Formally, the prerequisites for this course are “experience in formal mathematics at the level of CS 20”. Read chapter 0 of Barak’s textbook and see this page to understand what this means and how to prepare yourself for the course. Homework 0 (tex, pdf), which is due on the first day of class (but not part of your problem set grade) is intended to help you diagnose your mathematical background; we’ll grade it and talk with you about it if appropriate.
Theoretical problem sets require thinking and take substantial and unpredictable amounts of time, so you should make sure to allow for sufficient time to work on them.
Problem sets are due at 11:59pm ET on the due date posted on the course calendar. All problem sets must be submitted as PDF files through Gradescope. We recommend that the PDF be produced by LaTeX or Markdown. You may extend your deadline for a problem set by one day up to eight times, at most twice per problem set, by submitting late; problem sets late beyond this will not earn credit. You are responsible for keeping track of your own late days.
You are allowed to collaborate with other students currently taking the course, individually or by the discussion board, in discussing and brainstorming the solutions, but when you are done talking, you must write up your solutions independently and may not check them against each other. There may be no passing of homework papers between collaborators; nor is it permissible for one person simply to tell another the answer. You should list the names of all the students you collaborated with in the first page.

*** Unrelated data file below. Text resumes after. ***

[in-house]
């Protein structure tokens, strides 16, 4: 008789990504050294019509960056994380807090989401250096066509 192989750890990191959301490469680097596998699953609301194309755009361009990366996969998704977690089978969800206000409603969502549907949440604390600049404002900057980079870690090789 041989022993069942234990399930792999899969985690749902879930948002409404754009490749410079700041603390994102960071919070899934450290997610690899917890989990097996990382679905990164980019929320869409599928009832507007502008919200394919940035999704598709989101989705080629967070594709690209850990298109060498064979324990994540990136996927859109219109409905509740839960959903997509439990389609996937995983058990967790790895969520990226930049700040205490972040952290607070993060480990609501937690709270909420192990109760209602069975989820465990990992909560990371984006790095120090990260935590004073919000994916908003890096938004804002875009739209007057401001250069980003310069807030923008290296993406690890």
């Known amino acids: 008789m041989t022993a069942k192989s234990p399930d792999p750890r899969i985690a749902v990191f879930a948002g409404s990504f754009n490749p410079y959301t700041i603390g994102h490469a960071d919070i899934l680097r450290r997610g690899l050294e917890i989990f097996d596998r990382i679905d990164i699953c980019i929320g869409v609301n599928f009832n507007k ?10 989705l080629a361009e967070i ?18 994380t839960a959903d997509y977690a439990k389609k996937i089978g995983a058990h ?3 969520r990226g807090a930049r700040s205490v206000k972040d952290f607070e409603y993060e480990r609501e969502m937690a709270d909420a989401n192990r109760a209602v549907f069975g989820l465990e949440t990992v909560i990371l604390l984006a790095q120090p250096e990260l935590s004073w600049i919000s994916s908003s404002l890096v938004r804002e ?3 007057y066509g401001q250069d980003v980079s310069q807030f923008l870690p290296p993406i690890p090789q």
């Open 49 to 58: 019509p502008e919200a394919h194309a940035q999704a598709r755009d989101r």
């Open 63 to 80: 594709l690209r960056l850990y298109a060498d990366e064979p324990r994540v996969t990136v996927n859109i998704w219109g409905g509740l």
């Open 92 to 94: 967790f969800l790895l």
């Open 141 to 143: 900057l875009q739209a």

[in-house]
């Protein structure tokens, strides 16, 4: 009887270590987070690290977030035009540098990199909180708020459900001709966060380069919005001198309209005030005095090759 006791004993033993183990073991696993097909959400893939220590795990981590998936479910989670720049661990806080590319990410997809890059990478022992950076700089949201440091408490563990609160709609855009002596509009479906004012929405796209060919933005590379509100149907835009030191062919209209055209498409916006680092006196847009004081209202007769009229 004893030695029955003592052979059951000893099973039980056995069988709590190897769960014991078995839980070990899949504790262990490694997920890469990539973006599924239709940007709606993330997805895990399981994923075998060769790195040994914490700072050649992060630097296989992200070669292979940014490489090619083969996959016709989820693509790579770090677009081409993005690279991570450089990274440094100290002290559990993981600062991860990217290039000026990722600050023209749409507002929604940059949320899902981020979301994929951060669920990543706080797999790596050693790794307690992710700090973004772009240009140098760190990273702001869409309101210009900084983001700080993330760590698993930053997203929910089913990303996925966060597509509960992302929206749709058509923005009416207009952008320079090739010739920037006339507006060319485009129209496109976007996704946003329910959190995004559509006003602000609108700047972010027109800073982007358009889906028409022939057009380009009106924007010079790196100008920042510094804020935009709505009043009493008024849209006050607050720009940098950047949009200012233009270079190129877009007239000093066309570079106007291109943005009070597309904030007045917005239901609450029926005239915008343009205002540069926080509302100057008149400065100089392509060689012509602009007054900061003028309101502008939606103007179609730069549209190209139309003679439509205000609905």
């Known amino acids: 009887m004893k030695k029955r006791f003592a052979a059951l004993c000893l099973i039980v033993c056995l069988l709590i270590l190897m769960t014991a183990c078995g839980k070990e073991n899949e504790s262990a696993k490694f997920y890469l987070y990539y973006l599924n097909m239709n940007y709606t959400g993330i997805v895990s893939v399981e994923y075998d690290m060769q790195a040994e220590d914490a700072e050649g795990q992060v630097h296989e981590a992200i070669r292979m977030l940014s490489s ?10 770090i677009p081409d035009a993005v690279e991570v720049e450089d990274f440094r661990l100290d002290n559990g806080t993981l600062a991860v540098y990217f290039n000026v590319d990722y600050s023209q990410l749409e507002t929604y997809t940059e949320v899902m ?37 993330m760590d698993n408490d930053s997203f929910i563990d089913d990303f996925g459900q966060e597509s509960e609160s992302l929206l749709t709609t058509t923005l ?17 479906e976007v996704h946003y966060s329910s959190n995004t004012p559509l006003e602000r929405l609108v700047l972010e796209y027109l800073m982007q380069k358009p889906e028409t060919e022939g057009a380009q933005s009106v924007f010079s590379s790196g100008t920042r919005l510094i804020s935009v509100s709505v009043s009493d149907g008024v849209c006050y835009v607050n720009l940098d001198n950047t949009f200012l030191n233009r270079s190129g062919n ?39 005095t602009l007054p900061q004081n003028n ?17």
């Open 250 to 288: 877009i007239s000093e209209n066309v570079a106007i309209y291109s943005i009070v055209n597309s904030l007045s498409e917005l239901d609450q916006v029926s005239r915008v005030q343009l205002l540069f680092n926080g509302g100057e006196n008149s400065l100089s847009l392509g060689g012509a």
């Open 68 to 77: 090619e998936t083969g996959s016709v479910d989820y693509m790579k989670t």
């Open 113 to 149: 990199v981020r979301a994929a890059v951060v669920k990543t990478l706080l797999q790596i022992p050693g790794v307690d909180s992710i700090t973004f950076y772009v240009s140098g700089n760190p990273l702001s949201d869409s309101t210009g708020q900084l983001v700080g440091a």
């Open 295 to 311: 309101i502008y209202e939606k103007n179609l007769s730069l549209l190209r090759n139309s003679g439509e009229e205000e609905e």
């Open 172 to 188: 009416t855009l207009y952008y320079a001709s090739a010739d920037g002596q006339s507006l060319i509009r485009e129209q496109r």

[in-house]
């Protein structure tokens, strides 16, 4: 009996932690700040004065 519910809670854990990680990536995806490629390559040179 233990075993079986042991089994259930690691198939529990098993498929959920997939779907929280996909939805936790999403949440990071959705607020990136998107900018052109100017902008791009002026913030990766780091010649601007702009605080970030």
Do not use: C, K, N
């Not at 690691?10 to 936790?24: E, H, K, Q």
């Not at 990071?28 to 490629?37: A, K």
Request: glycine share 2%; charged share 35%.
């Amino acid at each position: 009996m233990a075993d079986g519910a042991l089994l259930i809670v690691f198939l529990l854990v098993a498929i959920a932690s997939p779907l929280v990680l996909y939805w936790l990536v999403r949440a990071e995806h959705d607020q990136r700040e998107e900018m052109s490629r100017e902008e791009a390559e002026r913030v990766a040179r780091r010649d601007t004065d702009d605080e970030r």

Each problem set has some “bonus problems” which don’t count for your pset grade, although we might use them when recommending departmental honors and writing letters of recommendation.
All regrade requests should be made via Gradescope no later than midnight on Sunday after the pset is returned. Handling regrade requests takes a lot of time from the teaching staff, time that could be spent on answering student questions, preparing course material, etc.. I encourage you to be judicious in such requests, and only reserve it for the case of clear mistakes by the grader (which can happen - we’re not perfect!). Needless to say, a regrade request triggers re-examining the problem set, which may result in a lower grade as well. Also, we will not accept a regrade request of the form “Johnny made a similar mistake and got fewer points deducted” unless Johnny is willing to have us regrade his problem set as well.
Midterms: The two midterms will be in two of the normal lecture time slots: you’ll download them at the start of lecture, spend lecture time working on them, and submit your solutions at the end. They’re unproctored; we’ll have you sign an honor statement that you didn’t use unallowed resources (extra time, other humans, computers, or the internet). Even if you don’t regularly attend lecture, you’ll need to attend those to take them. If you cannot attend the midterm for a valid reason, contact us and we will schedule a makeup. The midterms account for 15% and 20%, respectively, of your final grade.
Final: You can take the final in any three-hour block from 12-10 1:21pm to 12-12 1:21pm, by downloading it and sending us your answers 3 hours later. In the first four hours of that block we guarantee that we'll be monitoring Piazza for questions and trying to respond in real time; you're welcome to take it outside that time, but responses to any questions you have for staff about the exam may be too slow to be useful. The final exam will count for 30% of the grade.
Participation: Each student is expected to participate in at least two of lectures, sections, office hours, and the class discussion board; participation is worth 5% of your grade. (Anonymous or private postings don’t count for class discussion board participation credit. We encourage public posting for the benefit of other students who share your questions but posts containing your solutions to assignments should be private. You’re welcome to post anonymously, not for participation credit, if you’d like.)